gustave morin's first interview / questions by Renee Tomsich for UPFRONT magazine, may 2003
2. What were your artistic influences/inspirations in making the book?.
i don't like this question, but i'll try and answer it. the biggest influence on my work is the life that i lead. all my work comes out of my life, first and foremost. that is primary. the other artists and writers i like i can list, but they don't necessarily have any bearing on this book, or my work in general, so that won't really be helpful. as i mentioned, a penny dreadful is a collection of concrete poetry. no one in the world even knows what concrete poetry is, so it would be futile for me to name some of the writers i like that have also mined this vein. (and i'm not trying to be vague, i'm simply keeping in mind the readership of UPFRONT magazine...) since i was a kid i've had a love / hate relationship with comics. isimilarly have a love / hate relationship to the cinema. i read everything: poets, novelists, philosophers, social-scientists, theorists, art history, the pulps -- really, a little bit of everything. some of my favorite global intelligences are: jwcurry, d.a. levy, f.a.nettelbeck, Bern Porter, Wallace Berman, Roland Topor, E.M.Cioran, Willard S. Bain, Oyvind Fahlstrom, Ian Hamilton Finlay, Werner Herzog, Ian Curtis, F.W.Nietzsche, Joseph Cornell, Mark Laba, Gordon Matta-Clarke, Marcel Duchamp, Antonin Artaud, Bill Knott, diter rot, ray johnson, Sidney Simes, Jess Collins, Gustave Verbeek, Ed Ruscha, Max Ernst, Goya, Ernest Buckler jr., Alfred Jarry, B.S. Johnson, William S.Burroughs, e.e.cummings, Northrope Frye, Thorstein Veblen, Cornell Woolrich, Ambrose Bierce, Heraclitus and Diogenes, just off the top of my head. this list could easily go on and on until there were 2000 names on it. (& people tell me constantly that i don't like anything!)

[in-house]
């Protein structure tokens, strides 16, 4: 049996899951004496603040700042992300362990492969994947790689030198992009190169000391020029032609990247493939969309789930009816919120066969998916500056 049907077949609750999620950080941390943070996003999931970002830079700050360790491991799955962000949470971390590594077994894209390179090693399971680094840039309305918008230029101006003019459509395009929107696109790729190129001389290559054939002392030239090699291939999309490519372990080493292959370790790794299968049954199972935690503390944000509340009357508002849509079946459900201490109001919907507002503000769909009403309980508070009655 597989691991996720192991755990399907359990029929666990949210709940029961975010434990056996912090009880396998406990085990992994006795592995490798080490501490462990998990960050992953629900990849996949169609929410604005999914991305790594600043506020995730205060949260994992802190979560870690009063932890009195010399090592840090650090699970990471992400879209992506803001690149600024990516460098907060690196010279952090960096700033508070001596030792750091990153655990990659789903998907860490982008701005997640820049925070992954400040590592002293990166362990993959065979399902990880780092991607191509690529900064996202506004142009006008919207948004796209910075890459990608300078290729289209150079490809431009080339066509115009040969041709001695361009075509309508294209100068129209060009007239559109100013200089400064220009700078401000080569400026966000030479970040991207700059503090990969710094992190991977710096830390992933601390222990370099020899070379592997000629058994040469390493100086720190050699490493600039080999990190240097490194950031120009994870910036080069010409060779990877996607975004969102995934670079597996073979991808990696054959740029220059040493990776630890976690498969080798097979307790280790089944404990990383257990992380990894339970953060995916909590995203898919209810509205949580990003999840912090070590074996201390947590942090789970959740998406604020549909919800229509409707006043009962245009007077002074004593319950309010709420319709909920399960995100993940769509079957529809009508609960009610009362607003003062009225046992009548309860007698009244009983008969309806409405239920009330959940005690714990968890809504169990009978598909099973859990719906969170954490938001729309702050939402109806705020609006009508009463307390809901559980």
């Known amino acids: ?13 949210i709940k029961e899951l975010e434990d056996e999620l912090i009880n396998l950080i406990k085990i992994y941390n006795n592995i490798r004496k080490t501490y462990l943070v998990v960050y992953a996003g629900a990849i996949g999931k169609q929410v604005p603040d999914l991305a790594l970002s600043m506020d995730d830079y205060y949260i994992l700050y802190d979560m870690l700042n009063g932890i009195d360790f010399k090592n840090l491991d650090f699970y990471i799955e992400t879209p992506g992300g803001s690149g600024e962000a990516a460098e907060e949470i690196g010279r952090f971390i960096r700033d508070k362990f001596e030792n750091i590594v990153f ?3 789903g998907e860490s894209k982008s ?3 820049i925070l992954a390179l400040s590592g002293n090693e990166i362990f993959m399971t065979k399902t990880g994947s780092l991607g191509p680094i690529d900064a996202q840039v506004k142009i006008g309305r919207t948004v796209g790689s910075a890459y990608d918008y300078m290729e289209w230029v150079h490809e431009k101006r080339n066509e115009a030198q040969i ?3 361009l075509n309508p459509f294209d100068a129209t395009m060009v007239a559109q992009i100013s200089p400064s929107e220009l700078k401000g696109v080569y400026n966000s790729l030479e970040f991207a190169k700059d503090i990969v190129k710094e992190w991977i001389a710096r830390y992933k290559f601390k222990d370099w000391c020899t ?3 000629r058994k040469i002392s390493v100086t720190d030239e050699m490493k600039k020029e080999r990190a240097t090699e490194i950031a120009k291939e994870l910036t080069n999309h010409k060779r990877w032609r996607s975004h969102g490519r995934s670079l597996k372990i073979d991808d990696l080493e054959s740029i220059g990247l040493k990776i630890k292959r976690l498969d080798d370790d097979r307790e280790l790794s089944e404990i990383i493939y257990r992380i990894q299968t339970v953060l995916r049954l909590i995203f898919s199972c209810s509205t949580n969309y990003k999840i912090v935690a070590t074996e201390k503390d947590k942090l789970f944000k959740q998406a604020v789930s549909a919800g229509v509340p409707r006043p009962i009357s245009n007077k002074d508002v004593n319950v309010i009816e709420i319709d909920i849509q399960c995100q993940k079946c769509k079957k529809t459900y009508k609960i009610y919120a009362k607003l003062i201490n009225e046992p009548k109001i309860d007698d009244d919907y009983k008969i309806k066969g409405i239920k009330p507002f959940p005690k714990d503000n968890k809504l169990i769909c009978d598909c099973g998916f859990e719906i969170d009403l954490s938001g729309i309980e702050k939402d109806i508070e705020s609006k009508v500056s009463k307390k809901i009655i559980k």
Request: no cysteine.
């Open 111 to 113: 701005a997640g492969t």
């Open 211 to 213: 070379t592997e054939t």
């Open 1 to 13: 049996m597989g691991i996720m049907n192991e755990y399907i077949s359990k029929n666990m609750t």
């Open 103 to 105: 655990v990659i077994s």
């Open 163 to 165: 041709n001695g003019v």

what a spot
where can I go
to escape that lot